It was a record-setting year for the music program at Westwood’s Thurston Middle School. For over 20 years, the school’s band, chorus and orchestra have participated in the Great East Music Festival. This year, for the first time, each took home the festival’s highest award: a platinum medal for outstanding performance.
The Great East Music Festival is considered one of the premiere music festivals in the northeast. Students from across New England and are evaluated on their stage performance. They are not scored against other schools taking part. Instead, the festival focuses on clinics and evaluations to help each participant improve their skills.
Alicia Winslow is head of Thurston Middle School’s orchestra, which had 38 members at the festival this year.
“We’re incredibly proud,” she said. “This is the orchestra’s third platinum in a row. It is so exciting to continue the tradition of excellence. They’re a fabulous group to work with and really stepped up to the plate this year.”
The 80-member chorus was the first group to perform, and set a high bar with their first-ever platinum award.
“I could tell right away. As soon as I heard their first vowel sound, I knew that this was going to be their performance,” said chorus director Diana Legere. “We’ve traditionally gotten gold. I could tell as soon as they started singing that they were listening to one another and following all the directions. They knew it, too. They could hear it. The festival was the performance where they just shined.”
For the Thurston band, it was the second time since 2016 they scored platinum.
“My kids kept telling me that they were going to get platinum,” said Allison Sanders, the band director. “I had complete confidence in them, but they really put their money where their mouth is and they stepped up. I was standing on the stage conducting, and I was getting so excited for them. It sounds so beautiful, that it was hard for me to stay focused.”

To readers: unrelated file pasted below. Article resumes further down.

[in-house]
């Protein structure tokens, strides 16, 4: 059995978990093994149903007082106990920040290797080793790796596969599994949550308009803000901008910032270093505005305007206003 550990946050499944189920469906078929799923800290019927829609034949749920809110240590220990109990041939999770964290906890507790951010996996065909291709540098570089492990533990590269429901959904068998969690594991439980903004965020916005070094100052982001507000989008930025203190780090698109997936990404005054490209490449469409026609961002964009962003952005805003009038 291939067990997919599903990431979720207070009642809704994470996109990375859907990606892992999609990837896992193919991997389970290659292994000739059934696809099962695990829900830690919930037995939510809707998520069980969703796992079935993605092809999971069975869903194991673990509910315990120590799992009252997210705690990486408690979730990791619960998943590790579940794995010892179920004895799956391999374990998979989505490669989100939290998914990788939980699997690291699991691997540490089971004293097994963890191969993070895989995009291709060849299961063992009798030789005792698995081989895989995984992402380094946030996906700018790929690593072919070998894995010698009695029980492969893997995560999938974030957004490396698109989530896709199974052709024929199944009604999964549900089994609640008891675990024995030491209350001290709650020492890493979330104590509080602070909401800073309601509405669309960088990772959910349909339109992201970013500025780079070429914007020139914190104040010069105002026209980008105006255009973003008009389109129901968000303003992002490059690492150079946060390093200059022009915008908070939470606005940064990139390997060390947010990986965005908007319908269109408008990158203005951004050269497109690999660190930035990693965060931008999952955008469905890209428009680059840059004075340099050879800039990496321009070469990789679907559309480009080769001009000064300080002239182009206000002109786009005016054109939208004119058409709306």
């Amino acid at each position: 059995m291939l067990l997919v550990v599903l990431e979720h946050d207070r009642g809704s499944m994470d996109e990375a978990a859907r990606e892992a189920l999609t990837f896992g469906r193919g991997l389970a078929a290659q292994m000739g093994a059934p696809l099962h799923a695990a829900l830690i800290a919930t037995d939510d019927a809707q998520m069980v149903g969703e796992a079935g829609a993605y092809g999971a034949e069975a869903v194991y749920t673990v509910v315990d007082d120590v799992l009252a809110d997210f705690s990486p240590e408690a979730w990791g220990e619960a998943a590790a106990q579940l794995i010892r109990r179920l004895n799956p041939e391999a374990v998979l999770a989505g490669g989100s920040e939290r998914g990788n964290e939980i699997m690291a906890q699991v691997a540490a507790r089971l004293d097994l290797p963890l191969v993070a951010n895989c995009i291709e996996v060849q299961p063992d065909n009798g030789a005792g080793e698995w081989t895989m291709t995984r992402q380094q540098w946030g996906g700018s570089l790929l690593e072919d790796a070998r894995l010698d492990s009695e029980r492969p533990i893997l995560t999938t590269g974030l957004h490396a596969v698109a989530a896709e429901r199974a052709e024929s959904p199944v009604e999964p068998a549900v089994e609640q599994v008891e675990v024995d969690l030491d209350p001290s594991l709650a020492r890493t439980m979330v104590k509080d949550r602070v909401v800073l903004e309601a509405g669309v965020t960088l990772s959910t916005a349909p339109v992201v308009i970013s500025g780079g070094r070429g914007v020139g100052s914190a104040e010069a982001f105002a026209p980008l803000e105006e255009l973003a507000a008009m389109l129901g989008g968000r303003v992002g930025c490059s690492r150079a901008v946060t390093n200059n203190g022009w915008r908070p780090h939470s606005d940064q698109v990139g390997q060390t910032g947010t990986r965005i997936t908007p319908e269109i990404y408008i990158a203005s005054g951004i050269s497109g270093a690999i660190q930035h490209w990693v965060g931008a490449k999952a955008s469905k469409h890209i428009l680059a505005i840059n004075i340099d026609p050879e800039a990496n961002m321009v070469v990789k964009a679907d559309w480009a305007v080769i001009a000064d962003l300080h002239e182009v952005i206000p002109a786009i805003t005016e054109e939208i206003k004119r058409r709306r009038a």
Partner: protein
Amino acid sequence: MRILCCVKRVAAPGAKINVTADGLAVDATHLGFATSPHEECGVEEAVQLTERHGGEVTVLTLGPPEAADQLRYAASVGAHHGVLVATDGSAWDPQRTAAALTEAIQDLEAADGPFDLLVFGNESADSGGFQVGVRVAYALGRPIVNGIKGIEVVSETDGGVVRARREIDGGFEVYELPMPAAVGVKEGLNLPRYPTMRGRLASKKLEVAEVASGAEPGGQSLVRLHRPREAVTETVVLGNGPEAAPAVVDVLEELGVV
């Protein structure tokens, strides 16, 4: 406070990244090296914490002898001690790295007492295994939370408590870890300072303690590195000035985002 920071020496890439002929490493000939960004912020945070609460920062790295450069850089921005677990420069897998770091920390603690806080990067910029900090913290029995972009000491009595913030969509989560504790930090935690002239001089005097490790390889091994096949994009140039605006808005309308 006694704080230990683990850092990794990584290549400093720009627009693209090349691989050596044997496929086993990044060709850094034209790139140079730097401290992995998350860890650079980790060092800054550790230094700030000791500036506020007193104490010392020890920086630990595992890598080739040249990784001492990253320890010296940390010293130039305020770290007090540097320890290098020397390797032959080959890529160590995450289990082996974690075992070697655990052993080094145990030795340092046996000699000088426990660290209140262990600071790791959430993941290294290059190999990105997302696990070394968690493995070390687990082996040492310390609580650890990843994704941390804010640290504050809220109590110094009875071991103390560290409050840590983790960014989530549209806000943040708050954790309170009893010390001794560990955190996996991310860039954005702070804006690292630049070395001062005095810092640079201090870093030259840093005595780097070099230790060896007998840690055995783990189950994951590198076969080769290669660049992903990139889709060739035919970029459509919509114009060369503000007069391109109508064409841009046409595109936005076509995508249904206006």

One difficulty the Westwood music program had to overcome was scheduling rehearsals so the band, chorus and orchestra could be there at the same time.
“They meet separately. It is such a challenge to get them all together to rehearse during the concert cycle,” explained Winslow. “They meet together only four or five times, so we are fortunate they are all hard working and do their part.”
Each group performed two selections, which were chosen to showcase their abilities. Typically, Sanders doesn’t select pop songs for their program.
“When I’m selecting music for the festival, I know what the judges are looking for,” said Sanders. “They’re looking for something that’s an important part of the literature. This year, one of our choices was ‘Africa’ by Toto. I was taking a big chance with this, but the kids pulled it off beautifully. One of the judges told us he doesn’t usually approve of pop songs, but we had a strong percussion section, which really made this choice work.”
The arts are a critical part of the curriculum in Westwood, a fact Sanders, Legere and Winslow all appreciate and the parents in the community support.
“With the emphasis on math and literacy, the kids need a different outlet to express themselves and also they need to exercise the other side of their brain,” said Sanders. “It’s really important that we continue to offer these opportunities to them.”